The big­gest surpri­se is when you don’t know what to expect

“Now that some time has pas­sed since the trip, I unders­tand even bet­ter how great an expe­rience the month in Reu­nion was! It was such a unique expe­rience that you did not even unders­tand it the­re.”

For high school stu­dents in Oulu, the­re are nume­rous oppor­tu­ni­ties to go to Euro­pe safe­ly. Most of our high schools have been coo­pe­ra­ting with Eras­mus+ for years, and through this coo­pe­ra­tion a subs­tan­tial num­ber of high school stu­dents and their teac­hers have moved around the EU.

The Artic Tro­pic coo­pe­ra­tion school of Svens­ka Pri­vats­ko­lan i Uleå­borg and Laa­ni­la High School is in the fart­hest cor­ner of the Euro­pean Union, on a small island in the Indian Ocean, Reu­nion. From the­re, it is 10,000 kilo­me­ters or an 11-hour flight to the country’s capi­tal, Paris. The tar­get high school on the tiny island, Lycée Les Avi­rons, a high school of 1200 stu­dents, is whe­re Aino Määt­tä, Armi Kos­ke­la, and Jamie Här­kö­nen from Laa­ni­la High School, and Alvar San­dell and Saa­na Vähä­sar­ja from Svens­ka Pri­vats­ko­lan tra­ve­led in mid-Octo­ber for a month-long exc­han­ge period. On the island, they were awai­ted by a host fami­ly and an exc­han­ge sibling, who will come to Oulu for an exc­han­ge in Janua­ry.

The exc­han­ges take place during the school year, and the­re­fo­re the young people stu­dy the stu­dies of their home high school inde­pen­dent­ly during the exc­han­ge. At Les Avi­rons High School, they par­tici­pa­ted in phy­sical educa­tion, English and French les­sons, and time was set asi­de for inde­pen­dent stu­dy during the school day. In addi­tion, the exc­han­ge inclu­ded acti­vi­ties rela­ted to the envi­ron­ment and sus­tai­nable deve­lop­ment, such as tree plan­ting, gar­de­ning, and gar­ba­ge col­lec­tion. Going to school meant ear­ly mor­nings and late after­noons, as the French school day starts at 7:30 a.m. and ends at 5 p.m.

Aino Määt­tä and Saa­na Vähä­sar­ja enjo­ying the won­der­ful +26C warmth of the turquoi­se indian Ocean. The­re are sharks in the sea, so you can only swim in limi­ted areas. Pho­to: Tii­na Fredriks­son

Mobi­li­ty wit­hin Euro­pe has a geo­grap­hical, cul­tu­ral and abo­ve all social dimen­sions. Our young people tal­ked about Oulu and Fin­land, and especial­ly in con­nec­tion with the the­me of the exc­han­ge pro­ject, about our eco­lo­gical prac­tices to seve­ral school clas­ses at their exc­han­ge school. The Reu­nio­ne­se stu­dents coming to Oulu in Janua­ry will also bring infor­ma­tion from their home island to Laa­ni­la and Svens­ka Pri­vats­ko­lan. Our young people were able to get to know the natu­re of the volca­nic island, hike volca­noes, snor­kel and enjoy the sea with their host fami­lies.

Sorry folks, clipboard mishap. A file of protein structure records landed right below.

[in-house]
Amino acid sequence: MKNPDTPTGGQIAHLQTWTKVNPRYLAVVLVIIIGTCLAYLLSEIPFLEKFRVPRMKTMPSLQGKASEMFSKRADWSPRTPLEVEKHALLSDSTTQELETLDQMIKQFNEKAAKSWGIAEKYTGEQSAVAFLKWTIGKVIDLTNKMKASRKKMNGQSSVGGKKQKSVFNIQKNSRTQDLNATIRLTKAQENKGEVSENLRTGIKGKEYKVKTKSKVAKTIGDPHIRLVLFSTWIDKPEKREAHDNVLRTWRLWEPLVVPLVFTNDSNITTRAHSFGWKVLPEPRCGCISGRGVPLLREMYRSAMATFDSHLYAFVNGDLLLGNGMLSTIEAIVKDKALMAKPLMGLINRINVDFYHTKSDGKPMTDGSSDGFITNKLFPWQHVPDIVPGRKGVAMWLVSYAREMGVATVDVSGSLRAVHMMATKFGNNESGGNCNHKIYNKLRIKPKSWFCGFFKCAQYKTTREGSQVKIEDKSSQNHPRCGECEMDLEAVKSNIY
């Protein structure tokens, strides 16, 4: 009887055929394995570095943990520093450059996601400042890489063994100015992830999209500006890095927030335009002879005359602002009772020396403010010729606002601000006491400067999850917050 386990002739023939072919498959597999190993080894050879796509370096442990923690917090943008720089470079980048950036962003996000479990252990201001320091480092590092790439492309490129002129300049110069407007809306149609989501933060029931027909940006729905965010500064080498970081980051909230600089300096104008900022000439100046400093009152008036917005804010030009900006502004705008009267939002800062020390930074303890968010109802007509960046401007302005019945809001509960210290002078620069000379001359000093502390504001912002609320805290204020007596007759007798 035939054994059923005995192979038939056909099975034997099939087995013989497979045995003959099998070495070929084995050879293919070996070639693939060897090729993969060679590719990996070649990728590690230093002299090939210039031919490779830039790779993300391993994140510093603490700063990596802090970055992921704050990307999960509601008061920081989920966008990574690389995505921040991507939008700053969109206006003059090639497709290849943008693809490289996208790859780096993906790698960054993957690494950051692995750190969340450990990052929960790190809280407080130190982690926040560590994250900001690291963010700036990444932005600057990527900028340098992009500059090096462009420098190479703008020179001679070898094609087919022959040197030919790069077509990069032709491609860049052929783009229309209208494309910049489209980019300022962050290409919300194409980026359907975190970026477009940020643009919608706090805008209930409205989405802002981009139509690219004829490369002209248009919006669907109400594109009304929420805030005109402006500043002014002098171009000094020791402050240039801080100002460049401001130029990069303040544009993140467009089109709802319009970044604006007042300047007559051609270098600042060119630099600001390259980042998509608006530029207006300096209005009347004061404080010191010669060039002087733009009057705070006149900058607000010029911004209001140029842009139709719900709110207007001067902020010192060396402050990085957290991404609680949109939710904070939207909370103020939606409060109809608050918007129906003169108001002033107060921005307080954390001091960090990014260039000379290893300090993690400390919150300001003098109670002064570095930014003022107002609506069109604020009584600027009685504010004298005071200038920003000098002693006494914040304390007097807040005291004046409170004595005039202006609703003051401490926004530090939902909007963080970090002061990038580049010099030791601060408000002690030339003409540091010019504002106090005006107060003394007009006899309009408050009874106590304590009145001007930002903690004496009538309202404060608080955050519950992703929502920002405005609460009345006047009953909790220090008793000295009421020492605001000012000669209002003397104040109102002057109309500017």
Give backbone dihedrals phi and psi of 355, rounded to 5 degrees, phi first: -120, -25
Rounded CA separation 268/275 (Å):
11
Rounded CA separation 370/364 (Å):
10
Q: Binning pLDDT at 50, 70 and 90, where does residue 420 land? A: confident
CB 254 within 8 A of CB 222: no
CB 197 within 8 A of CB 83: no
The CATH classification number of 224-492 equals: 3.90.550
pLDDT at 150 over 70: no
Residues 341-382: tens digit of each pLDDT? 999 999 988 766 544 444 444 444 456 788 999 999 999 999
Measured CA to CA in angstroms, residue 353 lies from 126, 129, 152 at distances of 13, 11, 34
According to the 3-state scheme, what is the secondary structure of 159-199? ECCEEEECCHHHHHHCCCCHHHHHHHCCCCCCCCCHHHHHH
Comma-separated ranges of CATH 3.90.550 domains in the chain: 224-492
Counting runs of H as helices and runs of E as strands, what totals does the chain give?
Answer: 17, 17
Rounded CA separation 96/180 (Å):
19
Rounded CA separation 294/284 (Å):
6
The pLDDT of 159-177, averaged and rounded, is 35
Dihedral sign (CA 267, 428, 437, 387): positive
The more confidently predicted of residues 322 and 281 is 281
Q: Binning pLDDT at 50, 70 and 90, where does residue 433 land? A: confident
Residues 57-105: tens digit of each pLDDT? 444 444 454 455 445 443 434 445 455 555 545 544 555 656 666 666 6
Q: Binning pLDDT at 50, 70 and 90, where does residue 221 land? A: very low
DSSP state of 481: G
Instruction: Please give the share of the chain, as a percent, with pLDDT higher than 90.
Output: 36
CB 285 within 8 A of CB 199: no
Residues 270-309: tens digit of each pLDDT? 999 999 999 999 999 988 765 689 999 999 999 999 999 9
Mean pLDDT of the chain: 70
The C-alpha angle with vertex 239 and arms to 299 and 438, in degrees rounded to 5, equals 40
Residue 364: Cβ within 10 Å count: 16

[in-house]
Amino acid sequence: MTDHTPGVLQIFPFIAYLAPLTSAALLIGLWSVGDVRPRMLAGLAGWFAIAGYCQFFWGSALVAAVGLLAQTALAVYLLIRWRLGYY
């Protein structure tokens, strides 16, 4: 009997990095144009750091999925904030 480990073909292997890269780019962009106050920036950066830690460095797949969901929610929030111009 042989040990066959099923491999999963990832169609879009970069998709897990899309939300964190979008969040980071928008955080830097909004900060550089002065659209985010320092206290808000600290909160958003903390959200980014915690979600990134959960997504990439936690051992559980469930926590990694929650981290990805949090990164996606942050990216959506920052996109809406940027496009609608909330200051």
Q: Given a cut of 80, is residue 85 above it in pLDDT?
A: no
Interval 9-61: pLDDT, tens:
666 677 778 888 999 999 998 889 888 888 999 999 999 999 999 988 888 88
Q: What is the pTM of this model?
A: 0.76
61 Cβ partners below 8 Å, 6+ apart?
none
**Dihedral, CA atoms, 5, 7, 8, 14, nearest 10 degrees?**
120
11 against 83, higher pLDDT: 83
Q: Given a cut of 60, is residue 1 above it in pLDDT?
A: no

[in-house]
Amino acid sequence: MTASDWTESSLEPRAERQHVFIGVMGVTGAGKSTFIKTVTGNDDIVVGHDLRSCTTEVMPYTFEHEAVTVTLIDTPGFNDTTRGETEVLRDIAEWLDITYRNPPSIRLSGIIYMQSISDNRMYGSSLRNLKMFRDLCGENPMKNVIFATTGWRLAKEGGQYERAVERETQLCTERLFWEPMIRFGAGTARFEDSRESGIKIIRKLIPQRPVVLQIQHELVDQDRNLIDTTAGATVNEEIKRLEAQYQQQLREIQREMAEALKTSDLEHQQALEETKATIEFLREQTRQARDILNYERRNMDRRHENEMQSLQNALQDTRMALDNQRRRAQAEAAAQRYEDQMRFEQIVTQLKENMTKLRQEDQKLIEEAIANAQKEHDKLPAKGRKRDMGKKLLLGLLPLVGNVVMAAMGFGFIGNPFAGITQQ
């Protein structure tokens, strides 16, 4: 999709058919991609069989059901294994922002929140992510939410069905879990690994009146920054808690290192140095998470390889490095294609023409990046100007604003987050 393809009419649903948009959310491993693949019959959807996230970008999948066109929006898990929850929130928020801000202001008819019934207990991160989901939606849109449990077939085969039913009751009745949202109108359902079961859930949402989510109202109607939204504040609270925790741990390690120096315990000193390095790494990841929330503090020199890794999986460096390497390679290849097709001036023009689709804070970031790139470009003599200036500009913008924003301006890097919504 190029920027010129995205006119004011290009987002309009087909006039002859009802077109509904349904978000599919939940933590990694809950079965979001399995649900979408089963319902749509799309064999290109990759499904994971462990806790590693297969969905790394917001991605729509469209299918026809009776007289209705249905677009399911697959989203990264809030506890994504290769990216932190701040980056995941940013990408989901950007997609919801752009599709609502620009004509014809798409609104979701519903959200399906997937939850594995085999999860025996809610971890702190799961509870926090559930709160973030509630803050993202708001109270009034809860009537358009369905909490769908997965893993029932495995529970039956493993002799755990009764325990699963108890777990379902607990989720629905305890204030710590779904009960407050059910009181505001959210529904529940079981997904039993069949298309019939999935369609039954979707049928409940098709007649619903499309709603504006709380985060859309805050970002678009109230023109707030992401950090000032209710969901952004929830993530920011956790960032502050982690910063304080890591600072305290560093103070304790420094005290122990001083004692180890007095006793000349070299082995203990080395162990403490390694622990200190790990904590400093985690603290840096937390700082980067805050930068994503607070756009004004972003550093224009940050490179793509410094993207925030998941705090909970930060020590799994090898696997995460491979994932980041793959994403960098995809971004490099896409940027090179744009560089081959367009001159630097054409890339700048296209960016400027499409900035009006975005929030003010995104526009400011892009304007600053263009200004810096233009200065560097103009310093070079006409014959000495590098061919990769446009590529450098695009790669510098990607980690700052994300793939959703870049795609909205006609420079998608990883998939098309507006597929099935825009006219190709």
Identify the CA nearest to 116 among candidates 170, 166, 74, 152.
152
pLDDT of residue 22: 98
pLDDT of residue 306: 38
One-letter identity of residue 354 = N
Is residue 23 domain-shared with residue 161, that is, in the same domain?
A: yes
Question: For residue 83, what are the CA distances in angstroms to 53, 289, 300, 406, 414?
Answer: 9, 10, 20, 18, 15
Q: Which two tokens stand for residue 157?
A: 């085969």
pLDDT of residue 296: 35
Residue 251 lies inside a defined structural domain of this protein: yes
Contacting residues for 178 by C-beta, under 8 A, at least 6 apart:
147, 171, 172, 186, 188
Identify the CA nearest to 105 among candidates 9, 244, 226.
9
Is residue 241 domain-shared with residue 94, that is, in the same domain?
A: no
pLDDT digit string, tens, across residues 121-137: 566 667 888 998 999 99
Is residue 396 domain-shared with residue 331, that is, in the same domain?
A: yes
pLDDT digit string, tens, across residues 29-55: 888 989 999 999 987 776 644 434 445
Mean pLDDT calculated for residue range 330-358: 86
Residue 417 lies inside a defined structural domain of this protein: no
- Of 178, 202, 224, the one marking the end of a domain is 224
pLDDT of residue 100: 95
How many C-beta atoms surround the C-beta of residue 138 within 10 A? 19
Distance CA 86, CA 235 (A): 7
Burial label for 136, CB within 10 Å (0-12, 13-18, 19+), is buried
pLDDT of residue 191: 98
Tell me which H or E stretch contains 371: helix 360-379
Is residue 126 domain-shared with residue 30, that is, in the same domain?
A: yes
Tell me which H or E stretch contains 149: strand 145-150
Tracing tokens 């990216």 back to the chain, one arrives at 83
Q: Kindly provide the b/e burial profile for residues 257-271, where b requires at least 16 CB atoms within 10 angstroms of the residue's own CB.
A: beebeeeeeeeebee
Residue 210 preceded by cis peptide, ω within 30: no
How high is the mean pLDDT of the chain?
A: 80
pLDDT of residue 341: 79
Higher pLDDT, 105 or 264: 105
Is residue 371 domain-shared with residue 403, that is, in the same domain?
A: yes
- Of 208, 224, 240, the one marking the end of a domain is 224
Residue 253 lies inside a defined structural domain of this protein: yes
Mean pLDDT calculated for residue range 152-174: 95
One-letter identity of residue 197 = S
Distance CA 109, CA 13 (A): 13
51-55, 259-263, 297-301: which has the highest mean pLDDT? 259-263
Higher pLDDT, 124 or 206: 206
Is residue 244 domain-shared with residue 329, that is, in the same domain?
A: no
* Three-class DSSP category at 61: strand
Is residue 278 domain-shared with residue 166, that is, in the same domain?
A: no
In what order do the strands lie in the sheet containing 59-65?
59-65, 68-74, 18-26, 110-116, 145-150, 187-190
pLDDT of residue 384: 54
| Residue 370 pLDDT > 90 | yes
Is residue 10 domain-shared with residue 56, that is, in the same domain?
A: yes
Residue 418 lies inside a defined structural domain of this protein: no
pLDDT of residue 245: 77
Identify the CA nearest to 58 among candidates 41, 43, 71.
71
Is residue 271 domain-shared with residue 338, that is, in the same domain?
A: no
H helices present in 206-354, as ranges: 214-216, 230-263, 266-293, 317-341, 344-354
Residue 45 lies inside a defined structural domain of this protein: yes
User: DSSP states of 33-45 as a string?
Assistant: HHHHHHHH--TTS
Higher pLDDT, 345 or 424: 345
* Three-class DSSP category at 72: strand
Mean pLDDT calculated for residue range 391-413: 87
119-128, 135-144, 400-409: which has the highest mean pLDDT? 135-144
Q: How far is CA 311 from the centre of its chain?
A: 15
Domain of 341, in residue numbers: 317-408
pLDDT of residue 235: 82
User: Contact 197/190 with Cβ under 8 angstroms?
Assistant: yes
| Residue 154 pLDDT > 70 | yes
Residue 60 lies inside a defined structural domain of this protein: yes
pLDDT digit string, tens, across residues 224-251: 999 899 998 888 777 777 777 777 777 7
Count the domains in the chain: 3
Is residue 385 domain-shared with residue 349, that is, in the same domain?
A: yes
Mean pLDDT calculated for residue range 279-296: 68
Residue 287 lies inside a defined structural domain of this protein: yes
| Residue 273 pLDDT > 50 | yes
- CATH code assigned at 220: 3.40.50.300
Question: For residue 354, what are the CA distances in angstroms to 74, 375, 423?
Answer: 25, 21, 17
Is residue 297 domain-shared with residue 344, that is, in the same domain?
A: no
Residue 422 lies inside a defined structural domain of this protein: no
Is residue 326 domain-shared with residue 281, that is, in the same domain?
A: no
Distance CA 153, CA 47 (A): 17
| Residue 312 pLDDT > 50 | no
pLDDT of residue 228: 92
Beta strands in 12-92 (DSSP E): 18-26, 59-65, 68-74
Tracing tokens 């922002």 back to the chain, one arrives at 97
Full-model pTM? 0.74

Reu­nion is the crad­le of amazing landsca­pes, ser­pen­ti­ne roads, beau­ti­ful sun­sets, love­ly beac­hes, delicious Creo­le food and cool Creo­le music. It is a tro­pical island, but still a part of France: euros are used, the lan­gua­ge is French, and people often go to Paris after high school to stu­dy.

Eras­mus+ Team Oulu; Armi Kos­ke­la, Saa­na Vähä­sar­ja, Eva Åström, Alvar San­dell, Jamie Här­kö­nen, Aino Määt­tä, Johan­na Pete­ri and Tan­ja Lapin­lam­pi on a day trip in Paris, France, befo­re boar­ding the pla­ne to Reu­nion Island. Pho­to: Tii­na Fredriks­son

During exc­han­ge periods, the most impor­tant thing is to meet people and make new friends. We, the par­tici­pa­ting teac­hers, met the teac­hers of Lycée Les Avi­rons as col­lea­gues, and thanks to the long-stan­ding coo­pe­ra­tion, the plans progres­sed smooth­ly. Trust and unders­tan­ding move things forward. In the same way, brid­ges are built for young people: through an exc­han­ge fami­ly, they get to see ordi­na­ry life and beco­me part of the com­mu­ni­ty. “We beca­me real clo­se friends,” said one of the young exc­han­ge siblings.

Reu­nio­ne­se Eras­mus+ teac­hers Pasca­le Payet-Jugand and Simon Jugand pre­sen­ting their Fin­nish guests the unique circus val­ley area of the volca­nic island in Cilaos, Reu­nion Island. Pho­to: Tii­na Fredriks­son

I think the essence of Euro­pean­ness is in our encoun­ters with each other, and it says somet­hing about the time when I ended up tal­king about peace and com­mu­ni­ty with adults. I also chat­ted with a Dutch­man on the pla­ne, and we agreed on how impor­tant it is that we know each other. The man told me he was from an industrial area near the Ger­man bor­der. “Oh, the Ruhr area,” I asked. “Exact­ly! How can you know?,” he won­de­red.

The Fin­nish school sys­tem teac­hes us a lot about Euro­pe. But only when we know each other, we also real­ly know our con­ti­nent and then we have a network: an exc­han­ge sibling may be wai­ting on the other side of the glo­be.

“I’ve alrea­dy star­ted thin­king about whet­her I could do an interns­hip the­re in the futu­re.”

The ita­licized texts are quo­ted from a mes­sa­ge from a Laa­ni­la stu­dent who spent a month in Reu­nion last year.

Ori­gi­nal Fin­nish text: Tan­ja Lapin­lam­pi
Trans­la­tion: Tii­na Fredriks­son

Main pho­to: Eras­mus+ French/Finnish exc­han­ge stu­dent siblings Gai­ta­ne Cor­re, Armi Kos­ke­la, Aino Määt­tä, Rose Sou­vig­net, Gae­tan Cas­tell, Jamie Här­kö­nen, Saa­na Vähä­sar­ja, Alvar San­dell and Sac­ha Dubois having a farewell par­ty on L’Hermitage beach, Reu­nion Island. Howe­ver, the­re was no final good­bye then, but see you in Oulu.
Pho­to: Simon Jugand